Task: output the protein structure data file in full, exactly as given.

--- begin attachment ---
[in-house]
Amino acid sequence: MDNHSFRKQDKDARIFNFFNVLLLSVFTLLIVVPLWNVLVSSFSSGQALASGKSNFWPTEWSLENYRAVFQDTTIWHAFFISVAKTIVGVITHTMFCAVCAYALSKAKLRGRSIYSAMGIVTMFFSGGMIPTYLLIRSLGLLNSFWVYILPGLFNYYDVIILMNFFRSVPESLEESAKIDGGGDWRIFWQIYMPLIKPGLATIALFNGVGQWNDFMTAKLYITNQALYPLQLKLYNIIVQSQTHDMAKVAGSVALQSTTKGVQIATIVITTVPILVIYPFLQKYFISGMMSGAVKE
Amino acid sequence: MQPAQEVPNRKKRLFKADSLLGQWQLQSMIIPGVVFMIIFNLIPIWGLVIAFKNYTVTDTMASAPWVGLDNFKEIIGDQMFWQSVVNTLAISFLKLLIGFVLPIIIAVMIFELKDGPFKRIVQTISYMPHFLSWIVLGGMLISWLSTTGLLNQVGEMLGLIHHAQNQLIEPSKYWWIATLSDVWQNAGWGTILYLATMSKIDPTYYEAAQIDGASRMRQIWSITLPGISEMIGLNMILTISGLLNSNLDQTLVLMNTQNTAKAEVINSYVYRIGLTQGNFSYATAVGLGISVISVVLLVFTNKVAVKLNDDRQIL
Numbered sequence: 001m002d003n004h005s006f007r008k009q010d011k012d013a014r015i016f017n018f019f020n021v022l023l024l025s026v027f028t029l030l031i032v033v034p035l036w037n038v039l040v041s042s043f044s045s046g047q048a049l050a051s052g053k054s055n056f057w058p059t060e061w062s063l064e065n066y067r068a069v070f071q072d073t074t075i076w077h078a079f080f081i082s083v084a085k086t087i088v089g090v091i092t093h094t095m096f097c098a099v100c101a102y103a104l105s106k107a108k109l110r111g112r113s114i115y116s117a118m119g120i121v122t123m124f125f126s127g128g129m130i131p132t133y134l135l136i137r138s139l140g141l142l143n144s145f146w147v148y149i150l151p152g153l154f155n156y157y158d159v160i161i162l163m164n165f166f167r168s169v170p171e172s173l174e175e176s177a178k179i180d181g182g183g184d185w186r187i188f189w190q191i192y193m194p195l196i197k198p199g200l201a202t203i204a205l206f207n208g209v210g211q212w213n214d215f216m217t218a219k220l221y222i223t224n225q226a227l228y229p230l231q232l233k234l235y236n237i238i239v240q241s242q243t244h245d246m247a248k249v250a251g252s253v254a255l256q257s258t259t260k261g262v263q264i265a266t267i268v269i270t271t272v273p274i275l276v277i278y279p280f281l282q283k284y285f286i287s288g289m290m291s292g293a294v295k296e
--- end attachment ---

[in-house]
Amino acid sequence: MDNHSFRKQDKDARIFNFFNVLLLSVFTLLIVVPLWNVLVSSFSSGQALASGKSNFWPTEWSLENYRAVFQDTTIWHAFFISVAKTIVGVITHTMFCAVCAYALSKAKLRGRSIYSAMGIVTMFFSGGMIPTYLLIRSLGLLNSFWVYILPGLFNYYDVIILMNFFRSVPESLEESAKIDGGGDWRIFWQIYMPLIKPGLATIALFNGVGQWNDFMTAKLYITNQALYPLQLKLYNIIVQSQTHDMAKVAGSVALQSTTKGVQIATIVITTVPILVIYPFLQKYFISGMMSGAVKE
Amino acid sequence: MQPAQEVPNRKKRLFKADSLLGQWQLQSMIIPGVVFMIIFNLIPIWGLVIAFKNYTVTDTMASAPWVGLDNFKEIIGDQMFWQSVVNTLAISFLKLLIGFVLPIIIAVMIFELKDGPFKRIVQTISYMPHFLSWIVLGGMLISWLSTTGLLNQVGEMLGLIHHAQNQLIEPSKYWWIATLSDVWQNAGWGTILYLATMSKIDPTYYEAAQIDGASRMRQIWSITLPGISEMIGLNMILTISGLLNSNLDQTLVLMNTQNTAKAEVINSYVYRIGLTQGNFSYATAVGLGISVISVVLLVFTNKVAVKLNDDRQIL
Numbered sequence: 001m002d003n004h005s006f007r008k009q010d011k012d013a014r015i016f017n018f019f020n021v022l023l024l025s026v027f028t029l030l031i032v033v034p035l036w037n038v039l040v041s042s043f044s045s046g047q048a049l050a051s052g053k054s055n056f057w058p059t060e061w062s063l064e065n066y067r068a069v070f071q072d073t074t075i076w077h078a079f080f081i082s083v084a085k086t087i088v089g090v091i092t093h094t095m096f097c098a099v100c101a102y103a104l105s106k107a108k109l110r111g112r113s114i115y116s117a118m119g120i121v122t123m124f125f126s127g128g129m130i131p132t133y134l135l136i137r138s139l140g141l142l143n144s145f146w147v148y149i150l151p152g153l154f155n156y157y158d159v160i161i162l163m164n165f166f167r168s169v170p171e172s173l174e175e176s177a178k179i180d181g182g183g184d185w186r187i188f189w190q191i192y193m194p195l196i197k198p199g200l201a202t203i204a205l206f207n208g209v210g211q212w213n214d215f216m217t218a219k220l221y222i223t224n225q226a227l228y229p230l231q232l233k234l235y236n237i238i239v240q241s242q243t244h245d246m247a248k249v250a251g252s253v254a255l256q257s258t259t260k261g262v263q264i265a266t267i268v269i270t271t272v273p274i275l276v277i278y279p280f281l282q283k284y285f286i287s288g289m290m291s292g293a294v295k296e